Rheophytic Adaptation of Eurya japonica Thunb. (Ternstroemiaceae)

  •  Masayuki Shiba    
  •  Tomoki Tate    
  •  Tatsuya Fukuda    


Plants along rivers have narrow leaves to avoid the stress caused by the river’s flow during flooding. Plants that have undergone such morphological leaf modifications to adapt to rivers are called rheophytes. Some populations of Eurya japonica Thunb. (Ternstroemiaceae) were grown on riversides so that the comparative morphology and anatomy of leaves between riverside and inland (control) populations could be examined to confirm their rheophytic speciation. Our morphological and anatomical analyses revealed that the leaf of E. japonica in the riverside populations was significantly smaller than that of the inland populations due to the decreased number of cells; therefore, the pattern of rheophytic differentiation in riversides was not the stenophyllization but the miniaturization of the leaf. Moreover, our results indicated that this species in the riverside populations had thicker leaves and higher density of stomata than those of inland populations, suggesting that E. japonica had been morphologically modified in response to the light and water environments along the river.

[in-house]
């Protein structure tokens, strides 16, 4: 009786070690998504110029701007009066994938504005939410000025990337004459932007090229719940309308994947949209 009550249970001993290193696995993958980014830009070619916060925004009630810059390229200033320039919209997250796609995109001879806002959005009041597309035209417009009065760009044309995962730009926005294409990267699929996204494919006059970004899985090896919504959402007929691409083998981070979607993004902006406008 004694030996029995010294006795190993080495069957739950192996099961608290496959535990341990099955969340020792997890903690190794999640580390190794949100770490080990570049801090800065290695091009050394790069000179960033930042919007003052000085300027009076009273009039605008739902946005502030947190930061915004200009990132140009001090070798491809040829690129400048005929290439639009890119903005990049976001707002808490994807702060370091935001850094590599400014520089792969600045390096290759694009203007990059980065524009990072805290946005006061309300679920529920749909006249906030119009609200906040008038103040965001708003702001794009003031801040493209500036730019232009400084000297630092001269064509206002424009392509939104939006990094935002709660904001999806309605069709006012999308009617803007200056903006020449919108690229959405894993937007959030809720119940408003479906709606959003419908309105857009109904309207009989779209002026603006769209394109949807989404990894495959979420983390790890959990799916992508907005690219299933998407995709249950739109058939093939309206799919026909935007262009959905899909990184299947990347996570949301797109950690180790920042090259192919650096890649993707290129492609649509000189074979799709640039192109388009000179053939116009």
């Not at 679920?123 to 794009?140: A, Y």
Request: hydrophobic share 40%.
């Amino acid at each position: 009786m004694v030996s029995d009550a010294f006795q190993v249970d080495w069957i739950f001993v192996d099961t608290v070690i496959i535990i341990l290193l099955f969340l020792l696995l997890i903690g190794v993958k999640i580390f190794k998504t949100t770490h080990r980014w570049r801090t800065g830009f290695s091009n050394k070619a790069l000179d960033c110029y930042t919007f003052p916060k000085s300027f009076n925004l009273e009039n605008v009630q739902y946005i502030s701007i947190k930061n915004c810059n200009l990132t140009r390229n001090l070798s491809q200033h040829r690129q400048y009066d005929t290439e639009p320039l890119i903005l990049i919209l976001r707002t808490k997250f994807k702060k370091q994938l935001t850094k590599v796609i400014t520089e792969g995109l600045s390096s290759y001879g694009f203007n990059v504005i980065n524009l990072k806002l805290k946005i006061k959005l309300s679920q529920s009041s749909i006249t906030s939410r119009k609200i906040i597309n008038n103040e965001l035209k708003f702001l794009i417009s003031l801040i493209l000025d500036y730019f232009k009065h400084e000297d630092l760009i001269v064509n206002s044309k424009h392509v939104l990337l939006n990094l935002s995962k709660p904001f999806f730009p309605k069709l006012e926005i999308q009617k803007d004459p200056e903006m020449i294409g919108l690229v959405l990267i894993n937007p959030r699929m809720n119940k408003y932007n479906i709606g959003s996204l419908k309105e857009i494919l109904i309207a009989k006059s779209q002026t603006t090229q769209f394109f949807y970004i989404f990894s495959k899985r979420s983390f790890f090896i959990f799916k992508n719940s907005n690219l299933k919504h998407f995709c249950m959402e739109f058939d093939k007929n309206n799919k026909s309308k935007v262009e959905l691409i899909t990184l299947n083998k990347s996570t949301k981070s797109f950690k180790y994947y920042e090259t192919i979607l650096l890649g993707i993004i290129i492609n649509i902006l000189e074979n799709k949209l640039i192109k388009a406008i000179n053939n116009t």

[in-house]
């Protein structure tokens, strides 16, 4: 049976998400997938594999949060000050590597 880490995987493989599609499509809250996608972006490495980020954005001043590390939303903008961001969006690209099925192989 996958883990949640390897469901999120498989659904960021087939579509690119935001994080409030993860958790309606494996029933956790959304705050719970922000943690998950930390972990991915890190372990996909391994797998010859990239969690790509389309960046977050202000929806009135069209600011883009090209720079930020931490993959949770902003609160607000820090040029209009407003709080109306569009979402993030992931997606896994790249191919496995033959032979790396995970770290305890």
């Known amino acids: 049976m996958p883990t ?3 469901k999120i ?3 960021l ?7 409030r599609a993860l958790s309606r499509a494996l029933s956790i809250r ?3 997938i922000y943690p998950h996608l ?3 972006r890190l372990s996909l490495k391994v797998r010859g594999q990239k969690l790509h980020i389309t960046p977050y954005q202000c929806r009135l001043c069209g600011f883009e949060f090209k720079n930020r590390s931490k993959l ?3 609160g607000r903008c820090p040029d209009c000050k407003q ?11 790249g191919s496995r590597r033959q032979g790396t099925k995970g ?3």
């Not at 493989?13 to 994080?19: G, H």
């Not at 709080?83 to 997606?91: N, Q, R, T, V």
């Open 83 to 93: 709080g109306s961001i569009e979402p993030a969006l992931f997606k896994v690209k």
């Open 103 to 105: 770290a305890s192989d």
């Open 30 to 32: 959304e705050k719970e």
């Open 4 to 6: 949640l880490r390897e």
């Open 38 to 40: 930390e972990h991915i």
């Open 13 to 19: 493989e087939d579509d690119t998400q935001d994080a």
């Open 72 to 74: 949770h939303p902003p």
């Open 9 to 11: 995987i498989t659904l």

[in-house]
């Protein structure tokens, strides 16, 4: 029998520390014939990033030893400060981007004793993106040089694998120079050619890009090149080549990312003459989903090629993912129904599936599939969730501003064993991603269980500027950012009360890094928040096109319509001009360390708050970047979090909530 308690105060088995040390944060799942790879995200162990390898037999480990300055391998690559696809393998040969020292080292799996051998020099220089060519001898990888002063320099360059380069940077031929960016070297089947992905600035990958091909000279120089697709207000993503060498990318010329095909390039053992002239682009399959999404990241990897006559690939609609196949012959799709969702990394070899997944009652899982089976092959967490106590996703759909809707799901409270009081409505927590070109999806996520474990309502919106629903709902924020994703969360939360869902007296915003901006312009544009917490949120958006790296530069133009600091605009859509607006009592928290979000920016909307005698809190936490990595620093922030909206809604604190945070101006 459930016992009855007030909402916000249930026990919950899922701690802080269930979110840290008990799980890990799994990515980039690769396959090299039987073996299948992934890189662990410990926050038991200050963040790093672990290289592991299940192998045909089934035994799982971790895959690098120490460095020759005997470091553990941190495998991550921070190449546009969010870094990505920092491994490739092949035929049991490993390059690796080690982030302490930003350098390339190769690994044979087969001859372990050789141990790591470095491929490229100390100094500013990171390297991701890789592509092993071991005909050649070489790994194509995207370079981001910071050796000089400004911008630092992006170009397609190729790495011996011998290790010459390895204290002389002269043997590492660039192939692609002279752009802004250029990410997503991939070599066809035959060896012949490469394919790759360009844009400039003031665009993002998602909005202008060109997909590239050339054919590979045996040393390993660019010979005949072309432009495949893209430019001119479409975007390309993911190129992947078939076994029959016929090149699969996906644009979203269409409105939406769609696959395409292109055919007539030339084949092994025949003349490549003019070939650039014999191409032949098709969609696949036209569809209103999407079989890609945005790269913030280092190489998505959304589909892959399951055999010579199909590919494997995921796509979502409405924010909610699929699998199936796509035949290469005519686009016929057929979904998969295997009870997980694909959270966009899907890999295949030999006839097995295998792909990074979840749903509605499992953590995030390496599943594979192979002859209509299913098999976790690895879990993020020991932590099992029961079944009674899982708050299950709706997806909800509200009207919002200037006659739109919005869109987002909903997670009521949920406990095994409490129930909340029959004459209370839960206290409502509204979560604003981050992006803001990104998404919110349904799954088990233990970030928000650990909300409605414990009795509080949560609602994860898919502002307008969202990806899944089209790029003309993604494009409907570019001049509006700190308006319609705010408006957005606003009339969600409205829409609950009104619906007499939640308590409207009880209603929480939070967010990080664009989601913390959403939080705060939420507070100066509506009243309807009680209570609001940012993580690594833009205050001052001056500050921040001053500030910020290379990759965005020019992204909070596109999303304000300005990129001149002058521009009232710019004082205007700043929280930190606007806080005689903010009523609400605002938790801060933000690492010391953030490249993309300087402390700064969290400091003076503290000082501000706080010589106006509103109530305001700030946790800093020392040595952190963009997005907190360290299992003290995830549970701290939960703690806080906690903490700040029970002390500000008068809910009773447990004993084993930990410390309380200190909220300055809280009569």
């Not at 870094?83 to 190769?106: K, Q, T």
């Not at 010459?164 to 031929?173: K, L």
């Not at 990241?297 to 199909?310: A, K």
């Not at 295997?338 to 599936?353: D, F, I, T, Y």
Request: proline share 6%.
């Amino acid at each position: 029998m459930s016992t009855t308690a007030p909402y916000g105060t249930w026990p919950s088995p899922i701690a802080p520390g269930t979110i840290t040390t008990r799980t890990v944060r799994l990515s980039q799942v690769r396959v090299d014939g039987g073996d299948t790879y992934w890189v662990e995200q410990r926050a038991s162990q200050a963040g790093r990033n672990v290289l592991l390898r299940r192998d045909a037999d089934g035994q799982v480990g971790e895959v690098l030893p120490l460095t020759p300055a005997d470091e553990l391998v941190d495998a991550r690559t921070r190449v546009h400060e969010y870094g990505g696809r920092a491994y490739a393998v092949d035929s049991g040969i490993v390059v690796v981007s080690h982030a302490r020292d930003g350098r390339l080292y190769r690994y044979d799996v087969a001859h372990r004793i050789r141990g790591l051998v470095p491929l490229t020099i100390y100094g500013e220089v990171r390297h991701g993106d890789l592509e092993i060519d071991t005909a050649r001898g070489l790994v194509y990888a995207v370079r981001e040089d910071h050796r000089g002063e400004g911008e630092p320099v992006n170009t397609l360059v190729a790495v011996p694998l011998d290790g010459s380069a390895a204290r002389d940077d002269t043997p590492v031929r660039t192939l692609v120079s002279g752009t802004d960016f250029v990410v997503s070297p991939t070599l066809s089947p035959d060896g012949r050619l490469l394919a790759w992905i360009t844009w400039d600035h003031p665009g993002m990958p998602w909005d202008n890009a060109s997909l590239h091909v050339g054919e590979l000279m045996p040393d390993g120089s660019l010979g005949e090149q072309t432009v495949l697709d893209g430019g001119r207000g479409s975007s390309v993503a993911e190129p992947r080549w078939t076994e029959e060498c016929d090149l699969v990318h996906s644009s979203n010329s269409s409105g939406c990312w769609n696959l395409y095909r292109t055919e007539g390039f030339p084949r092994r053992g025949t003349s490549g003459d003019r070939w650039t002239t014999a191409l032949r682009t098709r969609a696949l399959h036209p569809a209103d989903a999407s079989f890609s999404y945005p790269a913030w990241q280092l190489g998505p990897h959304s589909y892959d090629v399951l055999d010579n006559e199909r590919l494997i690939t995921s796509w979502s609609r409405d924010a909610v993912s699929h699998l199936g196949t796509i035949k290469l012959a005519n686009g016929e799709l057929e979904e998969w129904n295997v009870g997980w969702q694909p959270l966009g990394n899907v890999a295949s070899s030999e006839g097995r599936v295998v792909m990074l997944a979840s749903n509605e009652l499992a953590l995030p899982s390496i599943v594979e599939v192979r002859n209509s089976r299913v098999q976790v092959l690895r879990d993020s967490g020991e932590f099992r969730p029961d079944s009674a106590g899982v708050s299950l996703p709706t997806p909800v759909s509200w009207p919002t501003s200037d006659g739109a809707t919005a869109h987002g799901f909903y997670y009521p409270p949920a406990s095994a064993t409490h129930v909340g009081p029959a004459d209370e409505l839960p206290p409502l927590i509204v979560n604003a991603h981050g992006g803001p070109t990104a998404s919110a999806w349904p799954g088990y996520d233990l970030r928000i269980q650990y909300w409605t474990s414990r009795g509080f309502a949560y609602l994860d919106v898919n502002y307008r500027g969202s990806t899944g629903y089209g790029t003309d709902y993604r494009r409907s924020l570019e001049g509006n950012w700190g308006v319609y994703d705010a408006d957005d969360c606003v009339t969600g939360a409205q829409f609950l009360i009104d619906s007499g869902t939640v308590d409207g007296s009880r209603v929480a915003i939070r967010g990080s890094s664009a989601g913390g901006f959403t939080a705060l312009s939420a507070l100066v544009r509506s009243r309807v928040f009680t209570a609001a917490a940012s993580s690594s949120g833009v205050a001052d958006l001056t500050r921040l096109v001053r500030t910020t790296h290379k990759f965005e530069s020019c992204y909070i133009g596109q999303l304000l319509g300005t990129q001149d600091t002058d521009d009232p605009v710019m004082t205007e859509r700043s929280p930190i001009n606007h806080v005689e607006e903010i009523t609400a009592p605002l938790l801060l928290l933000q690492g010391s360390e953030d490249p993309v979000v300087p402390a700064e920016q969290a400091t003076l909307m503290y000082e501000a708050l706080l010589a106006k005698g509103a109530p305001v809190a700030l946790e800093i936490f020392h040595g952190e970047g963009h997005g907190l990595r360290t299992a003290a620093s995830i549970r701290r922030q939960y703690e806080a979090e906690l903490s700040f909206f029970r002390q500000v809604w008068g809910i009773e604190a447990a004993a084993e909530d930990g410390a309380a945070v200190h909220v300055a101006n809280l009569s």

This work is licensed under a Creative Commons Attribution 4.0 License.
  • ISSN(Print): 1916-9671
  • ISSN(Online): 1916-968X
  • Started: 2009
  • Frequency: semiannual

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